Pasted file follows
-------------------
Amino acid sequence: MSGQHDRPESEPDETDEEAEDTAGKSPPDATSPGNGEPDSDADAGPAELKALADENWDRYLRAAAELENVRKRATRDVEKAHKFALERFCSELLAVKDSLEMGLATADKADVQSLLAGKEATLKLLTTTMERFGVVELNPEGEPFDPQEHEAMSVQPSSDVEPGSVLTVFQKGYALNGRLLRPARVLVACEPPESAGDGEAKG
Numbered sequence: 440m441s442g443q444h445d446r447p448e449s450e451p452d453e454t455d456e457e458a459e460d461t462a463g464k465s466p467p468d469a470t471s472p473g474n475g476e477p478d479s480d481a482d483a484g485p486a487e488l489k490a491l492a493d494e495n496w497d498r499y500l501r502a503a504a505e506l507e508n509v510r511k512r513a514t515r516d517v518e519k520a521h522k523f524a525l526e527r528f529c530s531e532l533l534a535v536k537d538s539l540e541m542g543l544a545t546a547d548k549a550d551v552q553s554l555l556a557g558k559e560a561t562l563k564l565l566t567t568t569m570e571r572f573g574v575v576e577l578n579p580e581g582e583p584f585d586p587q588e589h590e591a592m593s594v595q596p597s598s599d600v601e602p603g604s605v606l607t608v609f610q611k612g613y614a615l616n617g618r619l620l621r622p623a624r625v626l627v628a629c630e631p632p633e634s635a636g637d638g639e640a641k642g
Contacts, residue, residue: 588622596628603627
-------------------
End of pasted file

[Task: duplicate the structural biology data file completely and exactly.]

Amino acid sequence: MSGQHDRPESEPDETDEEAEDTAGKSPPDATSPGNGEPDSDADAGPAELKALADENWDRYLRAAAELENVRKRATRDVEKAHKFALERFCSELLAVKDSLEMGLATADKADVQSLLAGKEATLKLLTTTMERFGVVELNPEGEPFDPQEHEAMSVQPSSDVEPGSVLTVFQKGYALNGRLLRPARVLVACEPPESAGDGEAKG
Numbered sequence: 440m441s442g443q444h445d446r447p448e449s450e451p452d453e454t455d456e457e458a459e460d461t462a463g464k465s466p467p468d469a470t471s472p473g474n475g476e477p478d479s480d481a482d483a484g485p486a487e488l489k490a491l492a493d494e495n496w497d498r499y500l501r502a503a504a505e506l507e508n509v510r511k512r513a514t515r516d517v518e519k520a521h522k523f524a525l526e527r528f529c530s531e532l533l534a535v536k537d538s539l540e541m542g543l544a545t546a547d548k549a550d551v552q553s554l555l556a557g558k559e560a561t562l563k564l565l566t567t568t569m570e571r572f573g574v575v576e577l578n579p580e581g582e583p584f585d586p587q588e589h590e591a592m593s594v595q596p597s598s599d600v601e602p603g604s605v606l607t608v609f610q611k612g613y614a615l616n617g618r619l620l621r622p623a624r625v626l627v628a629c630e631p632p633e634s635a636g637d638g639e640a641k642g
Contacts, residue, residue: 588622596628603627